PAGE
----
Survey Ranks U.S. Cities Based on Average Internet Connection Speeds—And New York Doesn’t Fare Well
Jotham Sederstrom Sept. 13, 2013, 9 a.m.
Well folks, good news (but actually not): according to a recent study, there are 2,223 cities in the U.S. with faster average broadband speeds than New York.
Surprisingly—with all the fuss everyone’s made about Google fiber in Kansas—it was actually the small town of Ephrata, Washington that took home the prize for the fastest Internet. Ephrata, which has its own, personal super-fast fiber network, boasts an average speed of 85.84 mbps. Nobody’s waiting for Netflix to load in Ephrata, let me tell you.
Okay, okay, Kansas City did come in second place. But its average speed was only 49.86 mbps (um, what happened to the Google Fiber?), which seriously makes me wonder why the heck we don’t all just pack our bags and move to Ephrata.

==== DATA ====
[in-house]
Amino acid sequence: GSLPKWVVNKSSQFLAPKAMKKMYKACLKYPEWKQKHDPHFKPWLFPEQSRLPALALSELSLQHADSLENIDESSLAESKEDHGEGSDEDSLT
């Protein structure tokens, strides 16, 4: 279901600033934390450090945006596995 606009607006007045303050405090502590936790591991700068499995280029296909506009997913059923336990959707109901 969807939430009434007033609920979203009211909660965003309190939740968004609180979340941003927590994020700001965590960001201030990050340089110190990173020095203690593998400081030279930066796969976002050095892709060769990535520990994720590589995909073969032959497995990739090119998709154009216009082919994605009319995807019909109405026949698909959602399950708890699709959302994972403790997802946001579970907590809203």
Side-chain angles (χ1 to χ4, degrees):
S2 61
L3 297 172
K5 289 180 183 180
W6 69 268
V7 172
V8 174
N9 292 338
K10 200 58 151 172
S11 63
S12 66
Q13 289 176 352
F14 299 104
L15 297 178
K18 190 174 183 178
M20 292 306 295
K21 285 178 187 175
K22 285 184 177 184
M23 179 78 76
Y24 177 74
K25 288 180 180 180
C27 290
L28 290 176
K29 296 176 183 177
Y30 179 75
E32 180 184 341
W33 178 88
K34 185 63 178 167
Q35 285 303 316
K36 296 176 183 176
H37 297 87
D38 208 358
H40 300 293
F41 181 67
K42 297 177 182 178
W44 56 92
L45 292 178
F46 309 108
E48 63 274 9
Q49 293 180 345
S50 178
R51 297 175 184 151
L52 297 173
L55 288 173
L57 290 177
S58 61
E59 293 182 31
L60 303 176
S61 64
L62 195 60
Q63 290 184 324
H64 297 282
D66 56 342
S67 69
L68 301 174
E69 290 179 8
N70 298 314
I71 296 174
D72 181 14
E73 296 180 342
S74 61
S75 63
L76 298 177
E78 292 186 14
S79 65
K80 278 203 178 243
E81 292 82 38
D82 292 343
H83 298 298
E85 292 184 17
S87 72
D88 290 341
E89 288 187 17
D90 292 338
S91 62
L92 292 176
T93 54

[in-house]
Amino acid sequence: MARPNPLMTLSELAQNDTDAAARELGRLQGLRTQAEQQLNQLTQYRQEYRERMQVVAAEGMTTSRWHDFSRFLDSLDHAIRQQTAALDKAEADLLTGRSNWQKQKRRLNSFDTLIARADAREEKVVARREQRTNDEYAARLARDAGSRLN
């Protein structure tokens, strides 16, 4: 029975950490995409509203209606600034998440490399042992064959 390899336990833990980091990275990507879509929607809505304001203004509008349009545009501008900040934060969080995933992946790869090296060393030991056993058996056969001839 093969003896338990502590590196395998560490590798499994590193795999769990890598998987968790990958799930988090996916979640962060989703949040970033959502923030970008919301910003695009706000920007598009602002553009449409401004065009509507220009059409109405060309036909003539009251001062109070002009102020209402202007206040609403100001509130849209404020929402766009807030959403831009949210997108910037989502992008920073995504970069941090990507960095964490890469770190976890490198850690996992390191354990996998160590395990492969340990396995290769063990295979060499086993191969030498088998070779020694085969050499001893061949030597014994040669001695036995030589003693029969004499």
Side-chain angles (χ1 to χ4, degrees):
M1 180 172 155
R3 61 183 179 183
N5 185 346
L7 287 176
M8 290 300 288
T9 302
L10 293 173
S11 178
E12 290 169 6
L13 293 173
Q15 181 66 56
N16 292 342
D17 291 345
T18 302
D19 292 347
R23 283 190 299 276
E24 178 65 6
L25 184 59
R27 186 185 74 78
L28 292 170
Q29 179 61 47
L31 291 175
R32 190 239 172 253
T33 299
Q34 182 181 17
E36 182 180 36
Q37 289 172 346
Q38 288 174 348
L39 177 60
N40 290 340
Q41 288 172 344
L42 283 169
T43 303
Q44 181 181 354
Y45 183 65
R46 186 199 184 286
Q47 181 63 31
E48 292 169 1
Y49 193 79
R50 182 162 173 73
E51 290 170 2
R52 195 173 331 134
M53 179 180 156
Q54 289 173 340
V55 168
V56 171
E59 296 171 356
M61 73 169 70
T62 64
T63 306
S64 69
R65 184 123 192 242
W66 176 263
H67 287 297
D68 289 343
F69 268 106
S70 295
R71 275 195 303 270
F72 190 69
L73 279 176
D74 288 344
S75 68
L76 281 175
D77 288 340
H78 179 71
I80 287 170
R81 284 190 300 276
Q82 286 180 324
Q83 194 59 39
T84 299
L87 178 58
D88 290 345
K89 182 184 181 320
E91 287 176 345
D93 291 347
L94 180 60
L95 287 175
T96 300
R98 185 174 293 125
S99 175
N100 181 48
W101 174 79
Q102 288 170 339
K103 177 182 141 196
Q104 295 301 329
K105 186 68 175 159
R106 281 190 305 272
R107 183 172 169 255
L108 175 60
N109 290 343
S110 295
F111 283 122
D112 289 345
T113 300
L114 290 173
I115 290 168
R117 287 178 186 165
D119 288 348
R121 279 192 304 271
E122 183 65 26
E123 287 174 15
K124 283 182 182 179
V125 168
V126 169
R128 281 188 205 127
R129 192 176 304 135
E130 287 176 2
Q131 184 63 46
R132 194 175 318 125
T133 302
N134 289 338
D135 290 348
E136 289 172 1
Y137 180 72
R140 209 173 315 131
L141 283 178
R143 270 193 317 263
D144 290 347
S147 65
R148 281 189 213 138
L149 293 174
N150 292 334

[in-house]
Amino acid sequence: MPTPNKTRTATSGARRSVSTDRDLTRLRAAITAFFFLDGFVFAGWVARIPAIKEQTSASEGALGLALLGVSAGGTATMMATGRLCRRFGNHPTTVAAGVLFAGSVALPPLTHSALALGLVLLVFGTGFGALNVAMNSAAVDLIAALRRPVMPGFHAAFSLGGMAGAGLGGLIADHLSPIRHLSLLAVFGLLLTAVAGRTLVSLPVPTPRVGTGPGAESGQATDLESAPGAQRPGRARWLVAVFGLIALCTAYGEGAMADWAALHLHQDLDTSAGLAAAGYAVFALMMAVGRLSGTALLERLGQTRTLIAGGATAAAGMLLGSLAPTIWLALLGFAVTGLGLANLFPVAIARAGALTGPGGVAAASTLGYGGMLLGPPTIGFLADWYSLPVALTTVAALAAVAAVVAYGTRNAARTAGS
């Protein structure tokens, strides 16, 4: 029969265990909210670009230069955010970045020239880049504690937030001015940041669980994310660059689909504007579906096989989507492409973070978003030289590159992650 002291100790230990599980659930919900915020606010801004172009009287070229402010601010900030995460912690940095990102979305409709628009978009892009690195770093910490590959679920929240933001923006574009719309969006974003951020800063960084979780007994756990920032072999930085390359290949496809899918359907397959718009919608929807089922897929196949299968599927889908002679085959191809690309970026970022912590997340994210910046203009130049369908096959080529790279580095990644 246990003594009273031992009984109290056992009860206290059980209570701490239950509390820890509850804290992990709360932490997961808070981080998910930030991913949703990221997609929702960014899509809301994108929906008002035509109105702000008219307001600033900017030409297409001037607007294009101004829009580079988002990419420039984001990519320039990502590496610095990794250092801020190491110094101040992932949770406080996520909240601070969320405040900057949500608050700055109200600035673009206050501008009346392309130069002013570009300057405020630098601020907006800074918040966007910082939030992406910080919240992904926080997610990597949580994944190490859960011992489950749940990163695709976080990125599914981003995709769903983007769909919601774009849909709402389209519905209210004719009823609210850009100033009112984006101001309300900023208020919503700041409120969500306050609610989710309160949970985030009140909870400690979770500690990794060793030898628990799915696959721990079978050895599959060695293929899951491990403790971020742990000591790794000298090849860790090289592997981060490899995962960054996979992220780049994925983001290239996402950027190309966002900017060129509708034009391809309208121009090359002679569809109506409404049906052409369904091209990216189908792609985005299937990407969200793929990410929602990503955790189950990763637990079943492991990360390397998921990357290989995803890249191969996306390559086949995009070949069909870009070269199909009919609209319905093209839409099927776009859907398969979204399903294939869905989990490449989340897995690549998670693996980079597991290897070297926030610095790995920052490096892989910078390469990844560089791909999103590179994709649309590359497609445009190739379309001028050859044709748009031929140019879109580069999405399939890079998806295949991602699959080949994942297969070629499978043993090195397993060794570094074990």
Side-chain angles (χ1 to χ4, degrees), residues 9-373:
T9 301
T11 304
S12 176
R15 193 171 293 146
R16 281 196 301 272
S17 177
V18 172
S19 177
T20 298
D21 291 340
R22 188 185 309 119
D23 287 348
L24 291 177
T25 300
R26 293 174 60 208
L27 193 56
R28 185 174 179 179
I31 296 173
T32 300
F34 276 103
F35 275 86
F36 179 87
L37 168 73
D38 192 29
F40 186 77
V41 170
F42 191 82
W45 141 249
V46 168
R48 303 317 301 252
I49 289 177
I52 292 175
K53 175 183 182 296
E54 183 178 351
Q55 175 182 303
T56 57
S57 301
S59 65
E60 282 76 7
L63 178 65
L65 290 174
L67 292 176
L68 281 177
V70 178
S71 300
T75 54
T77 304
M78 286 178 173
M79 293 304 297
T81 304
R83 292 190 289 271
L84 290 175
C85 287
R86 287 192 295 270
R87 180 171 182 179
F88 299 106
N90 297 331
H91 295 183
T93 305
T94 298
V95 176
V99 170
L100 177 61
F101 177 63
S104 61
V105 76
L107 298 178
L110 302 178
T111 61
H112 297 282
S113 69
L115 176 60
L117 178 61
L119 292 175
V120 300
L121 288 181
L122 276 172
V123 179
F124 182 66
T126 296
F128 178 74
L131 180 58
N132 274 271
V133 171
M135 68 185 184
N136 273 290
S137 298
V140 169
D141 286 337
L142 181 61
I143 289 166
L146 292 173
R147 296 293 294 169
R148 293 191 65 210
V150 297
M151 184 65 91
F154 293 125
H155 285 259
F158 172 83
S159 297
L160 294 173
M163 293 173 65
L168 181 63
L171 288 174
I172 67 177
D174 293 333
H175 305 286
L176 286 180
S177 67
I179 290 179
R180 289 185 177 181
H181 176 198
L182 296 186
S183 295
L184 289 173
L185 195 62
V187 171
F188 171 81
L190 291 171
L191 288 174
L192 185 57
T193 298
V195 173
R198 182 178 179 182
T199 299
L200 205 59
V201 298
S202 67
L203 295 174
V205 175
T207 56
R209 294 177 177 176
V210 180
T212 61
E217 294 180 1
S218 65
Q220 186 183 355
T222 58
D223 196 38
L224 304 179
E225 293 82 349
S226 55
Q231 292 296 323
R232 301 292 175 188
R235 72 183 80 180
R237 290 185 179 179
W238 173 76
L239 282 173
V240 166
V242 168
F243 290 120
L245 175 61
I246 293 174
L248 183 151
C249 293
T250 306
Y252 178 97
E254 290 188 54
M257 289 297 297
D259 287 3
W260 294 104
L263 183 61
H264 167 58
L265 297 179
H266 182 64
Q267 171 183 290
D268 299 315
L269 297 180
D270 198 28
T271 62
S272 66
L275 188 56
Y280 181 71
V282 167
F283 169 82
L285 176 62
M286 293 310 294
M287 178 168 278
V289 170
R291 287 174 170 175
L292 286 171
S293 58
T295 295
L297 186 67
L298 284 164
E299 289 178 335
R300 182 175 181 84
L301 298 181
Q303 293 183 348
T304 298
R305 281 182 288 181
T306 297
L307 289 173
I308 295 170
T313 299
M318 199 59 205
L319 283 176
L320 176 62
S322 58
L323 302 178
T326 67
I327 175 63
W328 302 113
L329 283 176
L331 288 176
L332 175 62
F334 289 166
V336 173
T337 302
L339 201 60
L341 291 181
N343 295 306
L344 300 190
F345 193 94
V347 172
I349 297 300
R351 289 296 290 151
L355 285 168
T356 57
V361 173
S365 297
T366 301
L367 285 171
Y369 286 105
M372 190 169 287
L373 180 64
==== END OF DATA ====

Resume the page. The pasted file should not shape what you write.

New York City rolled in at number 2,224, with an average speed of 18.43 mbps. No, it’s not amazingly impressive, especially when you consider that New York is prepping itself to become the nation’s next tech hub. But hey, 18.43 mbps is still higher than the national average of 18.2 mbps, so there you go.
Still not satisfied? Don’t worry—according to Gizmodo, the survey might not be the most reliable. Ookla gathered its data through speedtest.net, a site that lets users easily measure their Internet speeds. As a result, the survey is self-selecting; data only comes from users who’d think to use speedtest.net in the first place.
And hey, at least you don’t live in Chinle, Arizona (Sorry, folks of Chinle.) With an average Internet speed of 0.84 mbps, Chinle clocked in at last place, ranked number 5,690.